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553 Phil. 344

THIRD DIVISION

[ G.R. NO. 149040, July 04, 2007 ]

EDGAR LEDONIO, PETITIONER, VS. CAPITOL DEVELOPMENT CORPORATION, RESPONDENT.

D E C I S I O N

CHICO-NAZARIO, J.:

Before this Court is a Petition for Review on Certiorari[1] under Rule 45 of the Revised Rules of Court praying that (1) the Decision,[2] dated 20 March 2001, of the Court of Appeals in CA-G.R. CV No. 43604, affirming in toto the Decision,[3] dated 6 August 1993, of the Quezon City Regional Trial Court (RTC), Branch 91, in Civil Case No. Q-90-5247, be set aside; and (2) the Complaint[4] in Civil Case No. Q-90-5247 be dismissed.

Herein respondent Capitol Development Corporation instituted Civil Case No. Q-90-5247 by filing a Complaint for the collection of a sum of money against herein petitioner Edgar Ledonio.

In its Complaint, respondent alleged that petitioner obtained from a Ms. Patrocinio S. Picache two loans, with the aggregate principal amount of P60,000.00, and covered by promissory notes duly signed by petitioner. In the first promissory note,[5] dated 9 November 1988, petitioner promised to pay to the order of Ms. Picache the principal amount of P30,000.00, in monthly installments of P3,000.00, with the first monthly installment due on 9 January 1989. In the second promissory note,[6] dated 10 November 1988, petitioner again promised to pay to the order of Ms. Picache the principal amount of P30,000.00, with 36% interest per annum, on 1 December 1988. In case of default in payment, both promissory notes provide that (a) petitioner shall be liable for a penalty equivalent to 20% of the total outstanding balance; (b) unpaid interest shall be compounded or added to the balance of the principal amount and shall bear the same rate of interest as the latter; and (c) in case the creditor, Ms. Picache, shall engage the services of counsel to enforce her rights and powers under the promissory notes, petitioner shall pay as attorney's fees and liquidated damages the sum equivalent to 20% of the total amount sought to be recovered, but in no case shall the said sum be less that P10,000.00, exclusive of costs of suit.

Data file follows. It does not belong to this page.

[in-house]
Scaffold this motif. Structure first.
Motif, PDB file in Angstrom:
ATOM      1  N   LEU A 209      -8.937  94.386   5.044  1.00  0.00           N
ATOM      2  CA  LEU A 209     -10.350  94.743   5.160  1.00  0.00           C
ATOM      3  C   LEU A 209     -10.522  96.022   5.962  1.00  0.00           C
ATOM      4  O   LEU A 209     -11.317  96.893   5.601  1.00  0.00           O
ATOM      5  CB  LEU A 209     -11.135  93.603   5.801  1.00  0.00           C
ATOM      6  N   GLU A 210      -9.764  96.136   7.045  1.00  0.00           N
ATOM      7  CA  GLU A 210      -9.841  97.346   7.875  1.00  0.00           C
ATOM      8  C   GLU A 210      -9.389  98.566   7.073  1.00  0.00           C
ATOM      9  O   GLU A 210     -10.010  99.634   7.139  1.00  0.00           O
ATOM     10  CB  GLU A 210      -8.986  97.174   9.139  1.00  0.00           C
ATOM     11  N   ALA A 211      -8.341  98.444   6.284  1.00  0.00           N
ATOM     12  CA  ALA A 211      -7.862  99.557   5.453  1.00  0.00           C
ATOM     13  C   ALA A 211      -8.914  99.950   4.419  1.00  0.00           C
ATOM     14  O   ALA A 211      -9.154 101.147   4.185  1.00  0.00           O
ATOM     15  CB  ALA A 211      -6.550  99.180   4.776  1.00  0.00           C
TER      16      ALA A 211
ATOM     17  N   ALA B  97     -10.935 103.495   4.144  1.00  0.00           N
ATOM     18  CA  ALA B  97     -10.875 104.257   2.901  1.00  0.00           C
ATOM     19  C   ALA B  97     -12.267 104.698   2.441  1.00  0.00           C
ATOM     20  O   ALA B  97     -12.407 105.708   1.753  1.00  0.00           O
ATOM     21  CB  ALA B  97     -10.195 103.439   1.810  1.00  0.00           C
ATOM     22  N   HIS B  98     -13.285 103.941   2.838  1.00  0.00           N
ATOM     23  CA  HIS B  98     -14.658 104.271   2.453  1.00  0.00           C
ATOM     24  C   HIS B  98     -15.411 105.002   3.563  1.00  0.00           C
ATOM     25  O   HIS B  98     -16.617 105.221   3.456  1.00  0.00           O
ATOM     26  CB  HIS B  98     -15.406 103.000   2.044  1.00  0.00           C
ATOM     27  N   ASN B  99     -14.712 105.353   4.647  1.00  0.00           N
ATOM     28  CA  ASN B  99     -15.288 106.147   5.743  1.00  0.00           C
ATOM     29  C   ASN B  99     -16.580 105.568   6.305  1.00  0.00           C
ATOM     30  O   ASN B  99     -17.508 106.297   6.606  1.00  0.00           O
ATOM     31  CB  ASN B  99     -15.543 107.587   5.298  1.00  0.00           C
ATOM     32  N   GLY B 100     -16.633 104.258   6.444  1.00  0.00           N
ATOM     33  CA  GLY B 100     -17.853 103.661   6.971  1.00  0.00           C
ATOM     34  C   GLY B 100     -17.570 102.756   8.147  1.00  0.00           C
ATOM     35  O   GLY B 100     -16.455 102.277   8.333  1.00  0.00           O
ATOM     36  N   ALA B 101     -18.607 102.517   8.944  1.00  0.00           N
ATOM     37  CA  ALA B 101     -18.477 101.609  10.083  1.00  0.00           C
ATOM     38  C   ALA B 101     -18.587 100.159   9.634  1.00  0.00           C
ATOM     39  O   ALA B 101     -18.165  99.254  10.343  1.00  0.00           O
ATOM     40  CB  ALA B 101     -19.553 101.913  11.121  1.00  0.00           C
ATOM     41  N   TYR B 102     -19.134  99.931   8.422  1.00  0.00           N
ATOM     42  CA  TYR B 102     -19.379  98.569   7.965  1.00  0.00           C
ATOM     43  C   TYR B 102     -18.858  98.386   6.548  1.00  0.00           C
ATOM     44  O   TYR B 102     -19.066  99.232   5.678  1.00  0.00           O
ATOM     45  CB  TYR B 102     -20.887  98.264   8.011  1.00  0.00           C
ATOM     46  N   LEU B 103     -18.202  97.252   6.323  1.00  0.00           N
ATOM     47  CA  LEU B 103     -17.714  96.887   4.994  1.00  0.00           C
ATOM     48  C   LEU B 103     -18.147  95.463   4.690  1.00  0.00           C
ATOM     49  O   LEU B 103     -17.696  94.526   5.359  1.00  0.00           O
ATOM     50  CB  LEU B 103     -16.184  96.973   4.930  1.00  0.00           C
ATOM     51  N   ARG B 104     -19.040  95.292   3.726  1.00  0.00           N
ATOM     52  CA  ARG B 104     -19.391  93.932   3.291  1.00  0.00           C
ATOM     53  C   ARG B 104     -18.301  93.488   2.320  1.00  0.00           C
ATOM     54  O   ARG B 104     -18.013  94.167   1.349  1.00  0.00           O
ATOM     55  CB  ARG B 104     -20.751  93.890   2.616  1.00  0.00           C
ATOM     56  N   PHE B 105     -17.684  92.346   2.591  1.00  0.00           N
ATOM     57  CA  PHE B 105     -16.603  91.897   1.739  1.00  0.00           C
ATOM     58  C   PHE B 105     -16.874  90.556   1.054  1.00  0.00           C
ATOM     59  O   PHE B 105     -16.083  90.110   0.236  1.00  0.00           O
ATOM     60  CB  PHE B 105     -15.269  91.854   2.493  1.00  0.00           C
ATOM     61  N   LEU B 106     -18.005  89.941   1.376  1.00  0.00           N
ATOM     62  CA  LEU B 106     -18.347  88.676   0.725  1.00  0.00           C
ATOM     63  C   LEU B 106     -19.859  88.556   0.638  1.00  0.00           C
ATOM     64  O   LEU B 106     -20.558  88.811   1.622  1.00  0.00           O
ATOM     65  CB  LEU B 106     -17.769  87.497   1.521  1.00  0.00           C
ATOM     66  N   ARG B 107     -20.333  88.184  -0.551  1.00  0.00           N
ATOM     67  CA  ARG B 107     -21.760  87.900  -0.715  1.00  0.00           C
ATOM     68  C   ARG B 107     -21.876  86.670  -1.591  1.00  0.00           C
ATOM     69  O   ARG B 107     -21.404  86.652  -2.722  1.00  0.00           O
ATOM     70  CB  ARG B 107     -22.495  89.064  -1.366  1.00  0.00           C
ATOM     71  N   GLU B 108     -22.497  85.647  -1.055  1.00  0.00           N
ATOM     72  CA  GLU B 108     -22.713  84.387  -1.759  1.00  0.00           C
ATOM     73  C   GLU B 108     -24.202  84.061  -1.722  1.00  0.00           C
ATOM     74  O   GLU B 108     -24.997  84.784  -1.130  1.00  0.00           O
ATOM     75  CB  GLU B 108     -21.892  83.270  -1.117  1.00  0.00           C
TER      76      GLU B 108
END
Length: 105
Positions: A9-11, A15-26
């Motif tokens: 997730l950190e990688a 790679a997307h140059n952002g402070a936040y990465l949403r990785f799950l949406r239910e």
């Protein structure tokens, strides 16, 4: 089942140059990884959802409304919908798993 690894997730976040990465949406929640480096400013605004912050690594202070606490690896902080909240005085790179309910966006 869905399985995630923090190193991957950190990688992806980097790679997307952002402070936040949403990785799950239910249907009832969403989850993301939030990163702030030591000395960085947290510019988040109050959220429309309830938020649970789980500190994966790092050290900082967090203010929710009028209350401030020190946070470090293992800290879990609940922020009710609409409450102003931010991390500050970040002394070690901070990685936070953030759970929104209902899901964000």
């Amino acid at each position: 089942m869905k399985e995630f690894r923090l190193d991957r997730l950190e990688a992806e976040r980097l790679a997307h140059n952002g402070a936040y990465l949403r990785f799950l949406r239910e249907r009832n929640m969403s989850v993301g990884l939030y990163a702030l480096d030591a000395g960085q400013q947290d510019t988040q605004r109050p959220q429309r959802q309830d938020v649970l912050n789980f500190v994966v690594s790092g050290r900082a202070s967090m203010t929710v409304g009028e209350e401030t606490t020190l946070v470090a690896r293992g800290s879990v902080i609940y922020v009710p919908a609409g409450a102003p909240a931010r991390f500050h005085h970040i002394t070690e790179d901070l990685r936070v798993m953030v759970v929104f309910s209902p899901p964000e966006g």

On 1 April 1989, Ms. Picache executed an Assignment of Credit[7] in favor of respondent, which reads -
KNOW ALL MEN BY THESE PRESENTS:

That I, PAT S. PICACHE of legal age and with postal address at 373 Quezon Avenue, Quezon City for and in consideration of SIXTY THOUSAND PESOS (P60,000.00) Philippine Currency, to me paid by [herein respondent] CAPITOL DEVELOPMENT CORPORATION, a corporation organized and existing under the laws of the Republic of the Philippines with principal office at 373 Quezon Avenue, Quezon City receipt whereof is hereby acknowledged have sold, transferred, assigned and conveyed and (sic) by me these presents do hereby sell, assign, transfer and convey unto the said [respondent] CAPITOL DEVELOPMENT CORPORATION, a certain debt due me from [herein petitioner] EDGAR A. LEDONIO in the principal sum of SIXTY THOUSAND PESOS (P60,000.00) Philippine Currency, under two (2) Promissory Notes dated November 9, 1988 and November 10, 1988, respectively, photocopies of which are attached to as annexes A & B to form integral parts hereof with full power to sue for, collect and discharge, or sell and assign the same.

That I hereby declare that the principal sum of SIXTY THOUSAND PESOS (P60,000.00) with interest thereon at THIRTY SIX (36%) PER CENT per annum is justly due and owing to me as aforesaid.

IN WITNESS WHEREOF, I have hereunto set my hand this 1st day of April, 1989 at Quezon City.

(SGD) PAT S. PICACHE
The foregoing document was signed by two witnesses and duly acknowledged by Ms. Picache before a Notary Public also on 1 April 1989.

Since petitioner did not pay any of the loans covered by the promissory notes when they became due, respondent -- through its Vice President Nina P. King and its counsel King, Capuchino, Banico & Associates -- sent petitioner several demand letters.[8] Despite receiving the said demand letters, petitioner still failed and refused to settle his indebtedness, thus, prompting respondent to file the Complaint with the RTC, docketed as Civil Case No. Q-90-5247.

In his Answer filed with the RTC, petitioner sought the dismissal of the Complaint averring that respondent had no cause of action against him. He denied obtaining any loan from Ms. Picache and questioned the genuineness and due execution of the promissory notes, for they were the result of intimidation and fraud; hence, void. He asserted that there had been no transaction or privity of contract between him, on one hand, and Ms. Picache and respondent, on the other. The assignment by Ms. Picache of the promissory notes to respondent was a mere ploy and simulation to effect the unjust enforcement of the invalid promissory notes and to insulate Ms. Picache from any direct counterclaims, and he never consented or agreed to the said assignment.